Not useful for real-time applications. The whole signal needs to be known in advance. Not recommended for hardware or embedded implementation. Use a specialized method and optimize for the signal in question. Meant as a robust lab tool that usually does what it's supposed to do without need for any further supervision. Properly used, the accuracy can be orders of magnitude higher than typical "ad-hoc" solutions.
It sure beats lining up signals with an oscilloscope. Suitable for band pass high pass test signals, gaps in the power spectrum and narrow-band interference May fail as result of excessive group delay variations see Figure 6 why. If so, my code snippet  may be a more reliable but slower and less accurate alternative. I wouldn't recommend it for timing-recovery 'homework' problems where the estimation is the main objective if so: For some down-to-earth introduction, see .
This article is available in PDF format for easy printing. Try it for free today! Comments Write a Comment Select to add a comment [ - ]. Hello Markus, i was wondering if something similar to your program could be used in an ultrasonic anemometer to resolve the wave-length ambiguity in determining the time between the emitted ultrasound wave and the received signal. By measuring the phase shift of the received signal from the zero crossing samples, I get quite accurate values within one wave length but there is no obvious way to determine the number of pulses of the delay.
Due to the inertia of the mechanical transceiver, there is no sharp rise in amplitude Hello, yes, that should work depending on the pulse and its autocorrelation properties. Can you provide some sample data for transmitted and received signal? It might be a nice example.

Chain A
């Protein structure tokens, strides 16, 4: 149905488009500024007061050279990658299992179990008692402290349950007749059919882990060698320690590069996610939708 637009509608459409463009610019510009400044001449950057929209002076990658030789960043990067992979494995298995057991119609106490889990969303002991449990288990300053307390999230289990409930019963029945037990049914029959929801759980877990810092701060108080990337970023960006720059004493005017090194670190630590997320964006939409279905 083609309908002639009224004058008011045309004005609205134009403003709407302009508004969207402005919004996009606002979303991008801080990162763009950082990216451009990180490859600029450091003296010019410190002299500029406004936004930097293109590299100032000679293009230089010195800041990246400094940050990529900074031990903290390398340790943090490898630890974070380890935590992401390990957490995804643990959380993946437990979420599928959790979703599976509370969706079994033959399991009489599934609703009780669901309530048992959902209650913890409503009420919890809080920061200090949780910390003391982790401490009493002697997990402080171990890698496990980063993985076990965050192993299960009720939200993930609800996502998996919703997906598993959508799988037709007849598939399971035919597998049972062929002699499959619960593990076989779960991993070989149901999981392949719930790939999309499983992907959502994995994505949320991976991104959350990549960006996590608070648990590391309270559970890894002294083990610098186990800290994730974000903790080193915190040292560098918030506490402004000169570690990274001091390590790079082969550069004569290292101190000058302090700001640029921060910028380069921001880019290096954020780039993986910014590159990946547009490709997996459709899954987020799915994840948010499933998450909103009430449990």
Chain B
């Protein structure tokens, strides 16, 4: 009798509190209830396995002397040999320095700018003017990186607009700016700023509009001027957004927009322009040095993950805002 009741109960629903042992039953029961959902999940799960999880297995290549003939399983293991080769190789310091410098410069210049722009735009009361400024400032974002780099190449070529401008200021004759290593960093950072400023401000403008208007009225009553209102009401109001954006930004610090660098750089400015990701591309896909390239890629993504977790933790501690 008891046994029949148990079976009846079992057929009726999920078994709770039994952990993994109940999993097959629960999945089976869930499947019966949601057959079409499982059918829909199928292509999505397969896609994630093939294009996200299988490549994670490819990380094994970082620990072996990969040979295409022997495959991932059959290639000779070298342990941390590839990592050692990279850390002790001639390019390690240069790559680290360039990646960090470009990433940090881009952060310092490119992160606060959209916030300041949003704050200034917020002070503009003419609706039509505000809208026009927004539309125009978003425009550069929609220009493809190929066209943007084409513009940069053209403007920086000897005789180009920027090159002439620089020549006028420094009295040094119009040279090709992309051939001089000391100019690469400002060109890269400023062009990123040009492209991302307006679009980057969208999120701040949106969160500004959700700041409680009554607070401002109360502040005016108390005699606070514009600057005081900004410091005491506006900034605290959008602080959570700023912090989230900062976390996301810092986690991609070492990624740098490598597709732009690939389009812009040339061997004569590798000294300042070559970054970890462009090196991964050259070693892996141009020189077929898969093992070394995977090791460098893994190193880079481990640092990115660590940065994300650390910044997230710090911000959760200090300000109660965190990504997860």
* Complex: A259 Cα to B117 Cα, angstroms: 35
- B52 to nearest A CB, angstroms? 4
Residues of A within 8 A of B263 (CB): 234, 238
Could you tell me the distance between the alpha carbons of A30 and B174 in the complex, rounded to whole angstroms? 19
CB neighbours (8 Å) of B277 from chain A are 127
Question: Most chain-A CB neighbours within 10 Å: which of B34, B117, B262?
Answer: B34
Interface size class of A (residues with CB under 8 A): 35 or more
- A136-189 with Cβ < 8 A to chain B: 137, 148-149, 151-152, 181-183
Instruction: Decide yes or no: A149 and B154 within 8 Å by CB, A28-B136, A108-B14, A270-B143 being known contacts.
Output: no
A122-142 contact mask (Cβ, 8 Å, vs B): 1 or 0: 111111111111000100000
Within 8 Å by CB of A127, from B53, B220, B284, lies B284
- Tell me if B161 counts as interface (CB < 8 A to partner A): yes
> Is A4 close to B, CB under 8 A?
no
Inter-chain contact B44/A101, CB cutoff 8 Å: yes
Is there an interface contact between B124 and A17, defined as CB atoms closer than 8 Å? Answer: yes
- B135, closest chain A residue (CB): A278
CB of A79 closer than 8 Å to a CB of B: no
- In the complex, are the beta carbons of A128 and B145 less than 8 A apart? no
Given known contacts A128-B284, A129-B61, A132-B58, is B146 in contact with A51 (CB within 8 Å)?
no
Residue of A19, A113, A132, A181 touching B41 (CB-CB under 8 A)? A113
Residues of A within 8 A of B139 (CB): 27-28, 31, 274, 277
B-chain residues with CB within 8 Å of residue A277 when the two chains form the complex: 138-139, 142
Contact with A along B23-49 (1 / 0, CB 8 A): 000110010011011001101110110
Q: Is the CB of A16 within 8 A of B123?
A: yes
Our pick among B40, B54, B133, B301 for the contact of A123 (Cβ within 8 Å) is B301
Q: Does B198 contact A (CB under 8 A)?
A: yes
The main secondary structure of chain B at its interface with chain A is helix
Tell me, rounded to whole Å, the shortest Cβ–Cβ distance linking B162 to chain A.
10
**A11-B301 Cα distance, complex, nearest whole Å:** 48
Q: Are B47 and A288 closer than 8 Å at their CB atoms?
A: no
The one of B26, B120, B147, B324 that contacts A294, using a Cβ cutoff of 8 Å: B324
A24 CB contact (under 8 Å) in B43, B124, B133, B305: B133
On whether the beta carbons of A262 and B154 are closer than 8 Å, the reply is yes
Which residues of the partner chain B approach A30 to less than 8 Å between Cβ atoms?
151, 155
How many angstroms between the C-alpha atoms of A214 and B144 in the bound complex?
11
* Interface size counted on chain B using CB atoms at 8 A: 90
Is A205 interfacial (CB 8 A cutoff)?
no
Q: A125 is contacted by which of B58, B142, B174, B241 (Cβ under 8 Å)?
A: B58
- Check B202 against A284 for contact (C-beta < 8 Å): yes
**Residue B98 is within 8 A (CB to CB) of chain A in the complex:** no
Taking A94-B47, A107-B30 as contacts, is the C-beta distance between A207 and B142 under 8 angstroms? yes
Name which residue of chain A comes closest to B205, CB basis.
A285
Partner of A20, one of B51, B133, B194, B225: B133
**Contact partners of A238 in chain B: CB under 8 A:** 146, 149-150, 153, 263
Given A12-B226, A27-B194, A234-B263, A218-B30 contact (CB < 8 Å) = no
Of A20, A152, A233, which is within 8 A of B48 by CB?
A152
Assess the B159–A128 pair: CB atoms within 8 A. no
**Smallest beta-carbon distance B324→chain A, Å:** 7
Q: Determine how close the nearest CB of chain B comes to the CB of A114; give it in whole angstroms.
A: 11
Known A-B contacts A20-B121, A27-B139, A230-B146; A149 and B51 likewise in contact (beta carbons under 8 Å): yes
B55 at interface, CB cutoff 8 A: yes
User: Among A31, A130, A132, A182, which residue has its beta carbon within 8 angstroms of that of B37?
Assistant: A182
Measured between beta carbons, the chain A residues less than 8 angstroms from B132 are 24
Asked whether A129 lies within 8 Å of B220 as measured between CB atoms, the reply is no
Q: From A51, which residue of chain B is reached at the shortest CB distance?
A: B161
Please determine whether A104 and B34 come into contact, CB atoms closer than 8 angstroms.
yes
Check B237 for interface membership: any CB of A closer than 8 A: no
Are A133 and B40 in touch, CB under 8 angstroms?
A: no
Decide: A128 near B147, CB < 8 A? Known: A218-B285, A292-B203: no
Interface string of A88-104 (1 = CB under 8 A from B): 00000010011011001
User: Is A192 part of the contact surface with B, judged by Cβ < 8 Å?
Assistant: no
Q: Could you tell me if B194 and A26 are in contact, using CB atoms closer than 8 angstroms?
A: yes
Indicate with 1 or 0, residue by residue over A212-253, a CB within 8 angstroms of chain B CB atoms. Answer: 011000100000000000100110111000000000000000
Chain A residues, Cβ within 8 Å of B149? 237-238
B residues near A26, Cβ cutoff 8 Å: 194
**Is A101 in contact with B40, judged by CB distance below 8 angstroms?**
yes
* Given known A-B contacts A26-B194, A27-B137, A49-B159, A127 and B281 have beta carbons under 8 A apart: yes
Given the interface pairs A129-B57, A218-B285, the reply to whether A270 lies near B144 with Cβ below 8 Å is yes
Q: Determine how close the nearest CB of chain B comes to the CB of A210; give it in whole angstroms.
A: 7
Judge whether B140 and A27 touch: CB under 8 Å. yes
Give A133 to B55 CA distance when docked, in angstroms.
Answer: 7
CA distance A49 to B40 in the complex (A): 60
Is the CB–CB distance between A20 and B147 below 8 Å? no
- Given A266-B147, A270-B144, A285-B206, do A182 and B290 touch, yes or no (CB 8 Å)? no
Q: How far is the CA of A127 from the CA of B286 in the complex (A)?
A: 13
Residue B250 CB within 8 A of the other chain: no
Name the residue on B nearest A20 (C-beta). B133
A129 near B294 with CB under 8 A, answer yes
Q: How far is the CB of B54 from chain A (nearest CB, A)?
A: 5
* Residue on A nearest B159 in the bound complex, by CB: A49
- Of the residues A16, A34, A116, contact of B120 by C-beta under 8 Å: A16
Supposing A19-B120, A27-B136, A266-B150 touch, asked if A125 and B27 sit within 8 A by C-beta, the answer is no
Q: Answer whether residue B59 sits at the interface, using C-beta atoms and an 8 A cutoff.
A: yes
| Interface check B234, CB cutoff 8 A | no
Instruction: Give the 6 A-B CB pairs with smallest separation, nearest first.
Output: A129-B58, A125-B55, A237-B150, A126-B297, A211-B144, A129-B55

Hello Markus the autocorrelation is where the difficulty lies. Whatever modulation one tries to impress on the sender signal phase reversal or starting and stopping after a short pulse train , the reaction in the receiver is always delayed by the mechanical inertia. If there is more cross-wind, then less energy would be transferred and the delay is longer. The best method would appear to be to renounce directly determining the number of pulses that have elapsed and instead use your algorithm to make a more accurate measurement of the exact phase shift of the received signal, and to repeat the measurement at a slightly different frequency.
The difference between the two phase shift values would then allow one to resolve the ambiguity of the number of pulses. If one used 39 kHz and 41 kHz, for example, one could resolve the ambiguity within 20 pulses, which would be enough for an anemometer where the transducers are not too far apart. In the present experimental circuit I was only measuring the zero-crossing times of the received signal, because the microprocessor can do that to within 10 ns, but there is too much jitter in the received signal to obtain sufficiently accurate calculations.
If one used an AD-converter one could measure ca 25 analog values on each pulse and use your calculation method to find the best fitting phase-shift, right? Hello, sorry, it took me a while, busy week I think it would work just fine, but it's maybe overkill for the given problem. Afterwards, it should be possible to map between the phase angles of both complex sums and the delay.